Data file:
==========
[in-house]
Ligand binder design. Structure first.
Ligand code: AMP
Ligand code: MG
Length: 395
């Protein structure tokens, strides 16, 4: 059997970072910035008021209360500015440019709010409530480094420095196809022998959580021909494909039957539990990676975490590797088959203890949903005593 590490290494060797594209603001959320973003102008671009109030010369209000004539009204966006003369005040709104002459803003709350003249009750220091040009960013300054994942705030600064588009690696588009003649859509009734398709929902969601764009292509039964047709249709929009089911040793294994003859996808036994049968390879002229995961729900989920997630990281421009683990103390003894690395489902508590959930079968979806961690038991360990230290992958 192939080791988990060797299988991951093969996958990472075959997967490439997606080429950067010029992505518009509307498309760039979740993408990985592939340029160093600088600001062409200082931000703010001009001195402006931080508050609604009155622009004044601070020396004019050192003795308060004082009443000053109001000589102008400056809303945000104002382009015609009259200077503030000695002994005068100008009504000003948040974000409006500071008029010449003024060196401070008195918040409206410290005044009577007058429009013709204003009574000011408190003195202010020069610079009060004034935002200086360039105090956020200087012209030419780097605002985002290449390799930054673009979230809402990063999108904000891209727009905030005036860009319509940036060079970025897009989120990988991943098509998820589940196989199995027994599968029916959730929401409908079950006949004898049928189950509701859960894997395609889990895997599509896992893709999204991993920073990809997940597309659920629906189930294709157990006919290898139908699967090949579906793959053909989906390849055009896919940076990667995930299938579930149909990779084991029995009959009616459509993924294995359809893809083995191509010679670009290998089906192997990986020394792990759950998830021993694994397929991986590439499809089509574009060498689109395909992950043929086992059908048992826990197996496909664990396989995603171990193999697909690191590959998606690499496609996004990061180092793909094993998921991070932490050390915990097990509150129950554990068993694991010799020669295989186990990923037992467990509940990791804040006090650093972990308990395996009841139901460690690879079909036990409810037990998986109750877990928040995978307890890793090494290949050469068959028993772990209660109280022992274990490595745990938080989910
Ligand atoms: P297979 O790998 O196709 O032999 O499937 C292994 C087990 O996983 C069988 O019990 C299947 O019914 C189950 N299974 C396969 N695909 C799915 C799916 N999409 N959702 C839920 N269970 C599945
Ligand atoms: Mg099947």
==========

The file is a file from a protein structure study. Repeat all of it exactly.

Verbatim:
[in-house]
Ligand binder design. Structure first.
Ligand code: AMP
Ligand code: MG
Length: 395
């Protein structure tokens, strides 16, 4: 059997970072910035008021209360500015440019709010409530480094420095196809022998959580021909494909039957539990990676975490590797088959203890949903005593 590490290494060797594209603001959320973003102008671009109030010369209000004539009204966006003369005040709104002459803003709350003249009750220091040009960013300054994942705030600064588009690696588009003649859509009734398709929902969601764009292509039964047709249709929009089911040793294994003859996808036994049968390879002229995961729900989920997630990281421009683990103390003894690395489902508590959930079968979806961690038991360990230290992958 192939080791988990060797299988991951093969996958990472075959997967490439997606080429950067010029992505518009509307498309760039979740993408990985592939340029160093600088600001062409200082931000703010001009001195402006931080508050609604009155622009004044601070020396004019050192003795308060004082009443000053109001000589102008400056809303945000104002382009015609009259200077503030000695002994005068100008009504000003948040974000409006500071008029010449003024060196401070008195918040409206410290005044009577007058429009013709204003009574000011408190003195202010020069610079009060004034935002200086360039105090956020200087012209030419780097605002985002290449390799930054673009979230809402990063999108904000891209727009905030005036860009319509940036060079970025897009989120990988991943098509998820589940196989199995027994599968029916959730929401409908079950006949004898049928189950509701859960894997395609889990895997599509896992893709999204991993920073990809997940597309659920629906189930294709157990006919290898139908699967090949579906793959053909989906390849055009896919940076990667995930299938579930149909990779084991029995009959009616459509993924294995359809893809083995191509010679670009290998089906192997990986020394792990759950998830021993694994397929991986590439499809089509574009060498689109395909992950043929086992059908048992826990197996496909664990396989995603171990193999697909690191590959998606690499496609996004990061180092793909094993998921991070932490050390915990097990509150129950554990068993694991010799020669295989186990990923037992467990509940990791804040006090650093972990308990395996009841139901460690690879079909036990409810037990998986109750877990928040995978307890890793090494290949050469068959028993772990209660109280022992274990490595745990938080989910
Ligand atoms: P297979 O790998 O196709 O032999 O499937 C292994 C087990 O996983 C069988 O019990 C299947 O019914 C189950 N299974 C396969 N695909 C799915 C799916 N999409 N959702 C839920 N269970 C599945
Ligand atoms: Mg099947």